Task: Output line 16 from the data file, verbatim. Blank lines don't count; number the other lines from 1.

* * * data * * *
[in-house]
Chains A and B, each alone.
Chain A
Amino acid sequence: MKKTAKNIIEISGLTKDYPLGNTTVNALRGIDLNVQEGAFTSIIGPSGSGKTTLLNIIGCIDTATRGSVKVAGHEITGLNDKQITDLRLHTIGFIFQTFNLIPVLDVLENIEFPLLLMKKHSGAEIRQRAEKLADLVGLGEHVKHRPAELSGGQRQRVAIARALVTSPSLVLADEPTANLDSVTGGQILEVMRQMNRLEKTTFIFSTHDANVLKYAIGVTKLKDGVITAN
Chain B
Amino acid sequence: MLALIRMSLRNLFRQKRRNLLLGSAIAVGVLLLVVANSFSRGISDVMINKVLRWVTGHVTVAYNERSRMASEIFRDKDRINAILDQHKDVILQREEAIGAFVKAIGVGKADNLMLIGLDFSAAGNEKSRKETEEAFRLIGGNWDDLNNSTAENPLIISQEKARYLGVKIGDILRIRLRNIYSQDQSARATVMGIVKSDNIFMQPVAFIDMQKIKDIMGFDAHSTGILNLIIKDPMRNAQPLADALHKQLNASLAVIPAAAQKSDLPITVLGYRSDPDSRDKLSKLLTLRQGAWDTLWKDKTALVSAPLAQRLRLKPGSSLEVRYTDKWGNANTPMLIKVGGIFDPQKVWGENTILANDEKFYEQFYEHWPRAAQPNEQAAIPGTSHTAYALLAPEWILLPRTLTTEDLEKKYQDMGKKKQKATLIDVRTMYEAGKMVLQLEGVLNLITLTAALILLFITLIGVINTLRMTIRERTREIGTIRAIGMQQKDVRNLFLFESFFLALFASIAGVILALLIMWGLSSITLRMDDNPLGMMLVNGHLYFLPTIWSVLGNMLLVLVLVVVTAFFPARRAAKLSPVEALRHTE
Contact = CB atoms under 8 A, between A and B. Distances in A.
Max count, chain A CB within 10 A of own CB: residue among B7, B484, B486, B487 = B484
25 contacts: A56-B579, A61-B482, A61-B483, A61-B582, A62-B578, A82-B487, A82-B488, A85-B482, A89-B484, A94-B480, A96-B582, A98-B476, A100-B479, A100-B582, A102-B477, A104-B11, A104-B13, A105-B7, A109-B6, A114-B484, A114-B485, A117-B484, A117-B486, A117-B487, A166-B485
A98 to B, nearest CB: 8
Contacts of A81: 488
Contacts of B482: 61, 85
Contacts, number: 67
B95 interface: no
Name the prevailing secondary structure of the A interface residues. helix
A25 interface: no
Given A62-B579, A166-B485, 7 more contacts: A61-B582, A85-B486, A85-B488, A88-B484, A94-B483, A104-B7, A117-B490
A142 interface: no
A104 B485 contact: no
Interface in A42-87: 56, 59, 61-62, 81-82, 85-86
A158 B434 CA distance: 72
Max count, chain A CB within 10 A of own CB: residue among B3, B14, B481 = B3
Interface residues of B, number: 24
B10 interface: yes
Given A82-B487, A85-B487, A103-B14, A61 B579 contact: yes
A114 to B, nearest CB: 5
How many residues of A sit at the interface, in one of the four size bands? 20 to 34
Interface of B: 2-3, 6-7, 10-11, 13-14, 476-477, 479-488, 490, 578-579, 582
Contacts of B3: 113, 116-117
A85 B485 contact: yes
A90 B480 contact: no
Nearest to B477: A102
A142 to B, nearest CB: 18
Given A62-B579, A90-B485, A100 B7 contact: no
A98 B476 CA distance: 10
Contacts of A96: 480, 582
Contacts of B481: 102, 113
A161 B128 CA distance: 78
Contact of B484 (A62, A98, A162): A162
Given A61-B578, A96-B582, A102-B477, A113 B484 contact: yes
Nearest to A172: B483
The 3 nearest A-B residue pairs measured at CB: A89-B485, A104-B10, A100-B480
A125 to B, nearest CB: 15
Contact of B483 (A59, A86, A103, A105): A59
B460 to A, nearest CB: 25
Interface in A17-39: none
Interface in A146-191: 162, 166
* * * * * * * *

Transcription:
A25 interface: no